Comment on this article via your Facebook, Yahoo, AOL, Hotmail login.

Share this article via these popular social media networks DiggDigg RedditReddit GoogleGoogle

Memory Foam Mattress Review
Newsletters :: SpaceDaily :: SpaceWar :: TerraDaily :: Energy Daily
XML Feeds :: Space News :: Earth News :: War News :: Solar Energy News

Hagel defense nomination passes Senate panel
Washington (AFP) Feb 12, 2013
A divided US Senate panel approved Chuck Hagel as the next US secretary of defense on Tuesday, a key step in a process that could see the controversial nominee confirmed as early as this week. The Senate Armed Services Committee split along party lines by 14 votes to 11, to narrowly approve the former Republican senator whose positions on Iran, Israel and the Iraq war sparked concerns by fel ... read more

Building a lunar base with 3D printing

US, Europe team up for moon fly-by

Russia to Launch Lunar Mission in 2015

US, Europe team up for moon fly-by

In milestone, Mars rover collects first bedrock sample

How The World's Saltiest Pond Gets Its Salt; Implications For Water On Mars

Lockheed Martin Completes Assembly, Begins Environmental Testing of NASA's MAVEN Spacecraft

NASA Curiosity Rover Collects First Martian Bedrock Sample

Supersonic skydiver even faster than thought

Ahmadinejad says ready to be Iran's first spaceman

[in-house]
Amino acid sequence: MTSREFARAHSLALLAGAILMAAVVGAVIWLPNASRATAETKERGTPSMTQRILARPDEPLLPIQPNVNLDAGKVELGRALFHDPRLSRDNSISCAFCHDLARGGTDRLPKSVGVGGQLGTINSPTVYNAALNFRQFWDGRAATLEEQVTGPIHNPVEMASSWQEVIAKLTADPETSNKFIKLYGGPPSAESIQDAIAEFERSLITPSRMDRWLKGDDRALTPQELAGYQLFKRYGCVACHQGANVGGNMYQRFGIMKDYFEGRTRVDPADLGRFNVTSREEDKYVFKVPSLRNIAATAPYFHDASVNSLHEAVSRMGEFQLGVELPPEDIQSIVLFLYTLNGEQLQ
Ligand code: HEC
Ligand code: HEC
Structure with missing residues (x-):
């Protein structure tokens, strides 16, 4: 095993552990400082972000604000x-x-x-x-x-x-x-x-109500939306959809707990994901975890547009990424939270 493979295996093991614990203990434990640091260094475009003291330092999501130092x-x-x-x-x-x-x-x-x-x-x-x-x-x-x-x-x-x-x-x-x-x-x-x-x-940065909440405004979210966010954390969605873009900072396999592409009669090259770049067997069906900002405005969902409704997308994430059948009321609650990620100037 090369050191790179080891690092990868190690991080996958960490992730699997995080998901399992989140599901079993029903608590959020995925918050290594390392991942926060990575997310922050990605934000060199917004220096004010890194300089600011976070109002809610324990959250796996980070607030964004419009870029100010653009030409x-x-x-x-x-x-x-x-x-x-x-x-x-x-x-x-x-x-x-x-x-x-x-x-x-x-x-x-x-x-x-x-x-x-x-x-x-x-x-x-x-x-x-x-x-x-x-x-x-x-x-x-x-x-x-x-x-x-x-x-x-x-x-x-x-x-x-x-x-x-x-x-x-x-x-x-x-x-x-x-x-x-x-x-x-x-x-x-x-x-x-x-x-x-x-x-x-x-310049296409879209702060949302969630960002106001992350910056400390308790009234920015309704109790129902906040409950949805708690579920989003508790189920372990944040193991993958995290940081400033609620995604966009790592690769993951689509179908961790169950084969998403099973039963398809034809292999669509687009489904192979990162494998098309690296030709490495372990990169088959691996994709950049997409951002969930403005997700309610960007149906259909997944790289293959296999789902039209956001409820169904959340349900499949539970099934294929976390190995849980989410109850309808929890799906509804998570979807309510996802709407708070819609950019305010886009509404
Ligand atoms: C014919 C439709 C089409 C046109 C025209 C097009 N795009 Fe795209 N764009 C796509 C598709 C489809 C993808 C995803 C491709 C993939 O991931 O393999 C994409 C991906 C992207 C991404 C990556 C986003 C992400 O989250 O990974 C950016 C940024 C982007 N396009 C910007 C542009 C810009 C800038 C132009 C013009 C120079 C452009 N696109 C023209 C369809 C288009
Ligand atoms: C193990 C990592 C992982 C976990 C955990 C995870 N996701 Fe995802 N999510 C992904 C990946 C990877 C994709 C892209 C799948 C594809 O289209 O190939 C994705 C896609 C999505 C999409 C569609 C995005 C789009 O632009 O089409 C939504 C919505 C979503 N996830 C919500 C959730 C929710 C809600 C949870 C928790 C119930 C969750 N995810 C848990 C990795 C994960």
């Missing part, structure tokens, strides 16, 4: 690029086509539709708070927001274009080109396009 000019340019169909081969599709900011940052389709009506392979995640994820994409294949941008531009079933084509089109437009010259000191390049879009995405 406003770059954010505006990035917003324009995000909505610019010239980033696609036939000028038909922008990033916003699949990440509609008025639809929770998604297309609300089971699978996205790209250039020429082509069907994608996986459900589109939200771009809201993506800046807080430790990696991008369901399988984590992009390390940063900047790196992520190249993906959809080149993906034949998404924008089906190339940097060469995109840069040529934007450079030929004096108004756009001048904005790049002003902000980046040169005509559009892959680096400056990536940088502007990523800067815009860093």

Iran's Bio-Capsule Comes Back from Space

A Hero For Humankind: Yuri Gagarin's Spaceflight

Reshuffle for Tiangong

China to launch 20 spacecrafts in 2013

Mr Xi in Space

China plans manned space launch in 2013: state media

Progress docks with ISS

NASA to Send Inflatable Pod to International Space Station

ISS to get inflatable module

ESA workhorse to power NASA's Orion spacecraft

Ariane 5 delivers record payload off back-to-back launches this week

Eutelsat and Arianespace sign new multi-year multiple launch services agreement

Ariane 5 Arrives At Kourou For 4th Automated Transfer Vehicle Mission

Rocketdyne Powers Atlas 5 Upper Stage, Placing New Landsat In Orbit

Earth-like planets are right next door

Direct Infrared Image Of An Arm In Disk Demonstrates Transition To Planet Formation

Kepler Data Suggest Earth-size Planets May Be Next Door

Earth-like planets may be closer than thought: study

Indra Develops The First High-Resolution Passive Radar System

ORNL scientists solve mercury mystery

3D Printing on the Micrometer Scale

Nextdoor renovates before taking on the world

The content herein, unless otherwise known to be public domain, are Copyright 1995-2014 - Space Media Network. AFP, UPI and IANS news wire stories are copyright Agence France-Presse, United Press International and Indo-Asia News Service. ESA Portal Reports are copyright European Space Agency. All NASA sourced material is public domain. Additional copyrights may apply in whole or part to other bona fide parties. Advertising does not imply endorsement,agreement or approval of any opinions, statements or information provided by Space Media Network on any Web page published or hosted by Space Media Network. Privacy Statement